Andrew Geddes: Shifting attitudes to migration starts with trusted political leaders

Political leaders sometimes seem to be fearful of public attitudes to migration. [Freedom House/Flickr]

Ahead of the launch of the Observatory of Public Attitudes to migration, its director Andrew Geddes tells EURACTIV.com that a better understanding of attitudes can help to craft informed policy debates and shift public attitudes.

Andrew Geddes is director of the Migration Policy Centre at the European University Institute in Florence and will lead the Observatory of Public Attitudes to Migration (OPAM), which will be launched this week in Brussels.

He spoke to EURACTIV’s editor-in-chief Daniela Vincenti.

You are launching this week the Observatory of Public Attitudes to Migration. Is there a need to launch such observatory?

The most immediate and compelling reason for OPAM is that immigration is and will remain a key issue in European politics. There is currently no centre dedicated solely to understanding why people have the attitudes they do to immigration.

Crucially, attitudes to migration need to be understood not as exceptional but as similar in their formation and structure to attitudes to other political issues. People are not like goldfish with minimal attention spans forming and re-forming their views. Like attitudes to other issues, those on migration have powerful roots in early life experiences and tend to align with views on other issues.

Perceptions over fortress Europe have in the past exacerbated the debate over migration. Do you think the EU has managed this debate well? What could we have done differently?

It’s clear that the crisis has had effects. One key effect has been to activate latent concerns about immigration amongst some sections of the population. Perceptions of disorderly or chaotic movement are likely to be found alarming by people with more ‘conservative’ value orientations who favour stability and order in their view of society.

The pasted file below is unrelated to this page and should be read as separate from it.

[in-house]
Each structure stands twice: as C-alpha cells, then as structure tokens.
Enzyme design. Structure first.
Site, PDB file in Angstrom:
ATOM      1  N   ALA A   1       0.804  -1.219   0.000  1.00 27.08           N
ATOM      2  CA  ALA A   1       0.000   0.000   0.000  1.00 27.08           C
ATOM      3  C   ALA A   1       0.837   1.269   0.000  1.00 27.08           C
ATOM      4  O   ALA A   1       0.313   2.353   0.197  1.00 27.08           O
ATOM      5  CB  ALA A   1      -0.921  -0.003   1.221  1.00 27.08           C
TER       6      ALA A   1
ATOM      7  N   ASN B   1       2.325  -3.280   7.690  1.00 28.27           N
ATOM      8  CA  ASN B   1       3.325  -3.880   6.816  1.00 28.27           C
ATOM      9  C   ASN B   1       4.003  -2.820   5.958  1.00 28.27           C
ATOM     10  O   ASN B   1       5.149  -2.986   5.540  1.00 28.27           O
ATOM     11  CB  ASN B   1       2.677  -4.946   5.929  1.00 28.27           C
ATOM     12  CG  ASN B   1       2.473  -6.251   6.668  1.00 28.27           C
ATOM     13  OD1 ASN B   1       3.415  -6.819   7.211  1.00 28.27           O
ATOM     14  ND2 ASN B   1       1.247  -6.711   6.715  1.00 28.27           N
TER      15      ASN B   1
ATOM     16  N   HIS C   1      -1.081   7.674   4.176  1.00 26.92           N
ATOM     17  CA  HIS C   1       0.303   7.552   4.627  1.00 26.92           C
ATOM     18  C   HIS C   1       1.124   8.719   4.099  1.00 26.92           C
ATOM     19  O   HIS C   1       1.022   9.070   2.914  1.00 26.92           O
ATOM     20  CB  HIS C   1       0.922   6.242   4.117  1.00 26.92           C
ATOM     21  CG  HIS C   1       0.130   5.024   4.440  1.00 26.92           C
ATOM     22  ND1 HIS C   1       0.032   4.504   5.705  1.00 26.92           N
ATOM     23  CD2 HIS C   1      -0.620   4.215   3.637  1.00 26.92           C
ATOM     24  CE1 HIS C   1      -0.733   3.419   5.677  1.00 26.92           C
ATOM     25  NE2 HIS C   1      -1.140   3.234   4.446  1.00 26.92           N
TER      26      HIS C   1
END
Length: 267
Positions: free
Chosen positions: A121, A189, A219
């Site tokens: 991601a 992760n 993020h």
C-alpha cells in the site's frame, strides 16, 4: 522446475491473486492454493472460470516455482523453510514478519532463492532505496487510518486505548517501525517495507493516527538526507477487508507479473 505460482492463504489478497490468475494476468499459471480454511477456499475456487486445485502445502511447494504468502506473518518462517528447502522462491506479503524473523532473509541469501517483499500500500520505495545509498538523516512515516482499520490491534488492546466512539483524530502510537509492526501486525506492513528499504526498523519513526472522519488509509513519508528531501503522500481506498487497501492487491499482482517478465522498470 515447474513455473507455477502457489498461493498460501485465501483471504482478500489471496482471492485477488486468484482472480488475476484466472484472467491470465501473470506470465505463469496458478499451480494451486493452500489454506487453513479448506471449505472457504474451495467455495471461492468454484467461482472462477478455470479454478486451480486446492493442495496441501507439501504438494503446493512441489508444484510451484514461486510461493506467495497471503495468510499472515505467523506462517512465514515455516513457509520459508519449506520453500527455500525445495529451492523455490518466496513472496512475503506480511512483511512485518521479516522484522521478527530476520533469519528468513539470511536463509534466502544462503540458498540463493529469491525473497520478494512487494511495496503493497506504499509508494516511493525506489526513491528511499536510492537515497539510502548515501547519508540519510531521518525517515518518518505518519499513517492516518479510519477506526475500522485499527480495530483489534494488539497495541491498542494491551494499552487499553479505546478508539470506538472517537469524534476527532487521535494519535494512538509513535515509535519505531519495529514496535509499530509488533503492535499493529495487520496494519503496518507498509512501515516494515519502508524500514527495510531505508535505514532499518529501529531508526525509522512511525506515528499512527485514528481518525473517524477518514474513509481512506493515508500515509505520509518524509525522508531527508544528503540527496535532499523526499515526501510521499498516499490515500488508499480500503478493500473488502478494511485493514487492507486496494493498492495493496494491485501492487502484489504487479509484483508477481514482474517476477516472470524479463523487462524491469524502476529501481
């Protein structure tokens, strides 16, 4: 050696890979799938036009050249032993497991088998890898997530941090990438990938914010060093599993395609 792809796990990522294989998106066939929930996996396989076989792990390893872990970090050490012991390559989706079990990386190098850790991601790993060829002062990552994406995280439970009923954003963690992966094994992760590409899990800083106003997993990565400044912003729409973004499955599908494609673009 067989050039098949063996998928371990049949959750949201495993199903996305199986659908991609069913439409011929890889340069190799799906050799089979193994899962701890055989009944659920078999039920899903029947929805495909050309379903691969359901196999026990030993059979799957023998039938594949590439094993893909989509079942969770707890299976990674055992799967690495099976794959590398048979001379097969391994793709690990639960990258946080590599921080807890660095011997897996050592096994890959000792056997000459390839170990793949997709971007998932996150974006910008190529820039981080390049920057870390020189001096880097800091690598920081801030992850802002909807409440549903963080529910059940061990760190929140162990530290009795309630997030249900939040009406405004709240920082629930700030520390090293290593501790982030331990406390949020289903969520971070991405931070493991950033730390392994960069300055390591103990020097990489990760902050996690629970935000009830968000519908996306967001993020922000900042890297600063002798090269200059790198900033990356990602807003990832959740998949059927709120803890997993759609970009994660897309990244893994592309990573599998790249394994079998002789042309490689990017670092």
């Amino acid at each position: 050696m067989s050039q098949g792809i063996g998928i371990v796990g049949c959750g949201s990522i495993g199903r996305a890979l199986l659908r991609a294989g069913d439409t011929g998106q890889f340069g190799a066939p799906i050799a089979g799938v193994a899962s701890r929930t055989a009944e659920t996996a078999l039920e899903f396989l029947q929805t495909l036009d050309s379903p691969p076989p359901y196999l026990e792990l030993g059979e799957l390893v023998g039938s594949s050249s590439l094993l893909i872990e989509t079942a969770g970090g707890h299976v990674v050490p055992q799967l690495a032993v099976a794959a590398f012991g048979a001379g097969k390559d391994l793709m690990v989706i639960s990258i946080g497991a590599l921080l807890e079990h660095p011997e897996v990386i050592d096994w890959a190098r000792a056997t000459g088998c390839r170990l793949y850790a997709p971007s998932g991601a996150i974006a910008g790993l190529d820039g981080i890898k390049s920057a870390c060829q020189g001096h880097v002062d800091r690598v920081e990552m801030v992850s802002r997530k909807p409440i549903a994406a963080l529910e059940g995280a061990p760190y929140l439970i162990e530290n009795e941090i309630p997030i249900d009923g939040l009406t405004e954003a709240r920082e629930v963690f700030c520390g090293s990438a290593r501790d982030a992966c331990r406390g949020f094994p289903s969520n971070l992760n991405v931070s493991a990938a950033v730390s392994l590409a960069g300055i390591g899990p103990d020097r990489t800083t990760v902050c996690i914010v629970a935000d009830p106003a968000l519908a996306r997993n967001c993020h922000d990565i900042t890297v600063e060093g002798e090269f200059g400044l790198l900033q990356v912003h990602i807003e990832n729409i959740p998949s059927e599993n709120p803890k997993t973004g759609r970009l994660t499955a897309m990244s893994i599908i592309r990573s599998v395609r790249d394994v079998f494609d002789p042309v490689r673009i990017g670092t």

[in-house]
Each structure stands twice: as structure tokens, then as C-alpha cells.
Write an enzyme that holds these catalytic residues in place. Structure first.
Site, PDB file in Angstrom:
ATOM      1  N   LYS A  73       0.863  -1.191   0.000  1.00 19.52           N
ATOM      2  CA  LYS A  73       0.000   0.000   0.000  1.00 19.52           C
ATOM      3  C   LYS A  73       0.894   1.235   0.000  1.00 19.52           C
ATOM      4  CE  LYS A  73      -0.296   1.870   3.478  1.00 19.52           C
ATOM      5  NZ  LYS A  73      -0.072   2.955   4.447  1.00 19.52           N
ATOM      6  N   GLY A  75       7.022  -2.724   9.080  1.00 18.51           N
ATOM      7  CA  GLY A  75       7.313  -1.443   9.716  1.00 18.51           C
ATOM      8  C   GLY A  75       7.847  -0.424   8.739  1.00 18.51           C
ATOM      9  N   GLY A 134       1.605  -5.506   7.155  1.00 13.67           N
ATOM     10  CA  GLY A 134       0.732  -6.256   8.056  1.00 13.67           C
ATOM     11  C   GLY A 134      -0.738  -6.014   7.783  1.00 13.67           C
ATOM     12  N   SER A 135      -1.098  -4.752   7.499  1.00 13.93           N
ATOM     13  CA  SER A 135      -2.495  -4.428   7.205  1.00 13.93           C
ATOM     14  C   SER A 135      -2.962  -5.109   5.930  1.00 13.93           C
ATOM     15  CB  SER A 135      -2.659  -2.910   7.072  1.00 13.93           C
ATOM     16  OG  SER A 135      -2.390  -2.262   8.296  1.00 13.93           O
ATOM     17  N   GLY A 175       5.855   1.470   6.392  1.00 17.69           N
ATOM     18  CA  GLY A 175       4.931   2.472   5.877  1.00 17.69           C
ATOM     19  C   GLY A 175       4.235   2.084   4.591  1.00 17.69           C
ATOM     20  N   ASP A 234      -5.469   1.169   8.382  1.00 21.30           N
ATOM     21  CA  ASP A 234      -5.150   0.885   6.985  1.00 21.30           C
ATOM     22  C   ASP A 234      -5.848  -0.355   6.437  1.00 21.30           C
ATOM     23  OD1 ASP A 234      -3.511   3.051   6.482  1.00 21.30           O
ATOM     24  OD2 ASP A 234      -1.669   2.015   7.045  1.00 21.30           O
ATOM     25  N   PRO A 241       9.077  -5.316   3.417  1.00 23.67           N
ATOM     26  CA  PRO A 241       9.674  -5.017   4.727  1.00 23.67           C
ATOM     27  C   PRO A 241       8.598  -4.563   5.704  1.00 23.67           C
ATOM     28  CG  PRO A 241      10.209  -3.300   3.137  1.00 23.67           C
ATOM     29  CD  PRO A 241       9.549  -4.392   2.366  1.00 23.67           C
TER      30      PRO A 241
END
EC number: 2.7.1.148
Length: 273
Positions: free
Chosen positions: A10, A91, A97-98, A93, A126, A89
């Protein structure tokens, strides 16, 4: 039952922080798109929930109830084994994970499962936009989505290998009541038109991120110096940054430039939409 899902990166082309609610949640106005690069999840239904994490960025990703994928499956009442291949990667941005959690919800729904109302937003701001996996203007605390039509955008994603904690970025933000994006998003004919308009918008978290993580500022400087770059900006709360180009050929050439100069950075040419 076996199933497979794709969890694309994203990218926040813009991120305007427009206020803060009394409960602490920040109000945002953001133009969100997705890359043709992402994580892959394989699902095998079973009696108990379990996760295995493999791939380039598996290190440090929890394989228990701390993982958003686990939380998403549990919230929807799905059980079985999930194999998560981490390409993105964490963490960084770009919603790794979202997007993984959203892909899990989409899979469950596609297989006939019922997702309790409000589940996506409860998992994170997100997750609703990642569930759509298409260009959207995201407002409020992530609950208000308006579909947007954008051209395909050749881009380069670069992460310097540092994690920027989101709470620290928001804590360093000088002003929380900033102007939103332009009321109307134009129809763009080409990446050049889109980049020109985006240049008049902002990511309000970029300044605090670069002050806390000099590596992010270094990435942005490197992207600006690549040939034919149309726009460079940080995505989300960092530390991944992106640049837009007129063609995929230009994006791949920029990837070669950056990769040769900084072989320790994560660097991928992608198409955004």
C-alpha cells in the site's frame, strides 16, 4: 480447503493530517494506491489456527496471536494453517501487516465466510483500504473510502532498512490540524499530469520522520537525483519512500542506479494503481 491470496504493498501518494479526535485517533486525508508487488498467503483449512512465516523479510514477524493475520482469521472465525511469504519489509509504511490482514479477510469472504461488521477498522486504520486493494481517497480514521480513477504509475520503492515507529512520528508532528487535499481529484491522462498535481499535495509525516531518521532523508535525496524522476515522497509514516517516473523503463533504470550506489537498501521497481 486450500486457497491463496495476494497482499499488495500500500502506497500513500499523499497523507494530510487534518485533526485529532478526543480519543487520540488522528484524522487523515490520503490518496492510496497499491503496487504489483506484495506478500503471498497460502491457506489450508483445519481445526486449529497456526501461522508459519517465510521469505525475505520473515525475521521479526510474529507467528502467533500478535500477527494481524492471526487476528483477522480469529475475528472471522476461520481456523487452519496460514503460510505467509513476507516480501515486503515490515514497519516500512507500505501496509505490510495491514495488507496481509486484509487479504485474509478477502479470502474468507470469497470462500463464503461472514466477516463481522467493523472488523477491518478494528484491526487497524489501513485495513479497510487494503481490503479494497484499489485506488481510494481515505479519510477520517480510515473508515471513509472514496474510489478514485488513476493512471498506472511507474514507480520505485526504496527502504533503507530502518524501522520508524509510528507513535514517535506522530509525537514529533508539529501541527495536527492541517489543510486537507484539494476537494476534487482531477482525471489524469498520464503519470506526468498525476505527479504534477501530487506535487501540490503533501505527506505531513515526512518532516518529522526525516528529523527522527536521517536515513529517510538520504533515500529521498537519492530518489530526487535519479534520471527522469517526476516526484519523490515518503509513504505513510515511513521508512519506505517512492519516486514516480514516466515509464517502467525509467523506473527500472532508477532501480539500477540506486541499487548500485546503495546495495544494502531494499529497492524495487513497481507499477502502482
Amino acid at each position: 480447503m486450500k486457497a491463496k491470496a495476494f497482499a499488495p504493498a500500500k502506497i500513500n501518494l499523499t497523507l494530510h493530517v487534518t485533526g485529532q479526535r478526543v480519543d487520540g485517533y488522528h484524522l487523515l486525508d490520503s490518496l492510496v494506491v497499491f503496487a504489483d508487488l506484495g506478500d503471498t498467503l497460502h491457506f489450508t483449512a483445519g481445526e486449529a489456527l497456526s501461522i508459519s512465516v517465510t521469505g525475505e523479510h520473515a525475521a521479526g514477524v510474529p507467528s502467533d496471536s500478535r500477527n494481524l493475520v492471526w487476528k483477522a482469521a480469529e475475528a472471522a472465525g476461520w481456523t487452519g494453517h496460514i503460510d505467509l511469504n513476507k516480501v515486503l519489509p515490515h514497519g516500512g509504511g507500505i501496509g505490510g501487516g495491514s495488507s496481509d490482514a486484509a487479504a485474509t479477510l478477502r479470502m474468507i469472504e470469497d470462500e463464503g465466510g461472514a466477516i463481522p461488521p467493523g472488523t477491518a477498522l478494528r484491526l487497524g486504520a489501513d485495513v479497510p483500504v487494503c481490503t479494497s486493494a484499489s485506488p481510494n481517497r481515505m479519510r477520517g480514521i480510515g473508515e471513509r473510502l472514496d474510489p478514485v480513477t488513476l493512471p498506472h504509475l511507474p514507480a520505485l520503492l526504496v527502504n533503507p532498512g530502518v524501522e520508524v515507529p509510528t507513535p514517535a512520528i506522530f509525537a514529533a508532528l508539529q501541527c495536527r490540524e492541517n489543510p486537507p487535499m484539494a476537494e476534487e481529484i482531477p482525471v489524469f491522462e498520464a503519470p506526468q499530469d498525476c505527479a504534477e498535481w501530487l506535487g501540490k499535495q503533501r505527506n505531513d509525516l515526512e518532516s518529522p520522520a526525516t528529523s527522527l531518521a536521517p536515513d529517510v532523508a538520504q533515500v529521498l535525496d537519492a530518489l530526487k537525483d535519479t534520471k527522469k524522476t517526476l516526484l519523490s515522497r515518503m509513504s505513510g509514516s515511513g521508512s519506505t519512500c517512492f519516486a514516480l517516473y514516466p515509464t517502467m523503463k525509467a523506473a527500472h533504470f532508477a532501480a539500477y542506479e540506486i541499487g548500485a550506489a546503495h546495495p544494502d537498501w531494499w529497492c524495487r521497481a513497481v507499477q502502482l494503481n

It’s easy to be wise after the event, but messages on migration need also to appeal to those that can be labelled the ‘anxious middle’ who are neither implacably opposed or strongly in favour of immigration.

It’s unlikely that such people will respond positively to messages that emphasise mobility and diversity. It is important that people who have more progressive values realise that many of their fellow citizens don’t share their views.

Surely perceptions and attitudes are linked to policies adopted or not adopted. Will your observatory limit itself to monitoring attitudes or also propose ways to have more informed debates?

Through the OPAM we aim to show how policies can have effects on attitudes. But we would also argue that the factors that play a key role in forming and shaping peoples’ attitudes to migration are formed at a much earlier stage in their life and are quite resistant to change. This means that people are likely to interpret policies through their already-established values.

Is there really a model for informed debates to shift attitudes?

It’s unlikely that there is a specific model that can be used. It might be interesting to turn the question around and say that a better understanding of attitudes can help to inform policy debate.

Sometimes it seems that political leaders are fearful of public attitudes to migration. This is potentially quite dangerous because it could mean that one of the key questions for democratic politics in Europe there is a reluctance or unwillingness to engage with the concerns of citizens.